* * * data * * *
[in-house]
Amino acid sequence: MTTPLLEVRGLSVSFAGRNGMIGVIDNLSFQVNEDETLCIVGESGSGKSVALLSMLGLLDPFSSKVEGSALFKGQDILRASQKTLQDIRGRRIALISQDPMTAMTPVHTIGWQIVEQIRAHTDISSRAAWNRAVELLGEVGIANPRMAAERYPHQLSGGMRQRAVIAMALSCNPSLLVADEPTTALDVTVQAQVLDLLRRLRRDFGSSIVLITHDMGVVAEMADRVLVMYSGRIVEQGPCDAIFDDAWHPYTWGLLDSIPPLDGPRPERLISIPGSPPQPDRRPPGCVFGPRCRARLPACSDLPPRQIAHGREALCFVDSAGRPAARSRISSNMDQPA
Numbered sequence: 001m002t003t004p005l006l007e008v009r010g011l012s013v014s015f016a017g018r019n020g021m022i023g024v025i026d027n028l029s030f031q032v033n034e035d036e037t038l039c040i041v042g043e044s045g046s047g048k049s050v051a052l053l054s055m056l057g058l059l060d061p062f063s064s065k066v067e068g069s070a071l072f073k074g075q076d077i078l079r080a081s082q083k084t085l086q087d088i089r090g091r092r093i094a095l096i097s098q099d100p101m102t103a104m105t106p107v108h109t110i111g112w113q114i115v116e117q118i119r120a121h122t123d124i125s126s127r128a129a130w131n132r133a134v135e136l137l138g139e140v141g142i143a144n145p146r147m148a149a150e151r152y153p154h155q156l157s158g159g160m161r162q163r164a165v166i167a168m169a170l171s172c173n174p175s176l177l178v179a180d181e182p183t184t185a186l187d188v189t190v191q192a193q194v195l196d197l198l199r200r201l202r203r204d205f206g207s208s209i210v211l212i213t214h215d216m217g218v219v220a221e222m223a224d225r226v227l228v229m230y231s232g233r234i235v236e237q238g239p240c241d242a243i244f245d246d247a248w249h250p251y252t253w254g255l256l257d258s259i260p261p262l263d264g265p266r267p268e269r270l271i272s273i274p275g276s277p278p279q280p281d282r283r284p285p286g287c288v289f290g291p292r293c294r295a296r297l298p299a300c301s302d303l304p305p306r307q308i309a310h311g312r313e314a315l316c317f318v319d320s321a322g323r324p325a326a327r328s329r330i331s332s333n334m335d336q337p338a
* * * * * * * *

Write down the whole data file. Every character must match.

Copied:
[in-house]
Amino acid sequence: MTTPLLEVRGLSVSFAGRNGMIGVIDNLSFQVNEDETLCIVGESGSGKSVALLSMLGLLDPFSSKVEGSALFKGQDILRASQKTLQDIRGRRIALISQDPMTAMTPVHTIGWQIVEQIRAHTDISSRAAWNRAVELLGEVGIANPRMAAERYPHQLSGGMRQRAVIAMALSCNPSLLVADEPTTALDVTVQAQVLDLLRRLRRDFGSSIVLITHDMGVVAEMADRVLVMYSGRIVEQGPCDAIFDDAWHPYTWGLLDSIPPLDGPRPERLISIPGSPPQPDRRPPGCVFGPRCRARLPACSDLPPRQIAHGREALCFVDSAGRPAARSRISSNMDQPA
Numbered sequence: 001m002t003t004p005l006l007e008v009r010g011l012s013v014s015f016a017g018r019n020g021m022i023g024v025i026d027n028l029s030f031q032v033n034e035d036e037t038l039c040i041v042g043e044s045g046s047g048k049s050v051a052l053l054s055m056l057g058l059l060d061p062f063s064s065k066v067e068g069s070a071l072f073k074g075q076d077i078l079r080a081s082q083k084t085l086q087d088i089r090g091r092r093i094a095l096i097s098q099d100p101m102t103a104m105t106p107v108h109t110i111g112w113q114i115v116e117q118i119r120a121h122t123d124i125s126s127r128a129a130w131n132r133a134v135e136l137l138g139e140v141g142i143a144n145p146r147m148a149a150e151r152y153p154h155q156l157s158g159g160m161r162q163r164a165v166i167a168m169a170l171s172c173n174p175s176l177l178v179a180d181e182p183t184t185a186l187d188v189t190v191q192a193q194v195l196d197l198l199r200r201l202r203r204d205f206g207s208s209i210v211l212i213t214h215d216m217g218v219v220a221e222m223a224d225r226v227l228v229m230y231s232g233r234i235v236e237q238g239p240c241d242a243i244f245d246d247a248w249h250p251y252t253w254g255l256l257d258s259i260p261p262l263d264g265p266r267p268e269r270l271i272s273i274p275g276s277p278p279q280p281d282r283r284p285p286g287c288v289f290g291p292r293c294r295a296r297l298p299a300c301s302d303l304p305p306r307q308i309a310h311g312r313e314a315l316c317f318v319d320s321a322g323r324p325a326a327r328s329r330i331s332s333n334m335d336q337p338a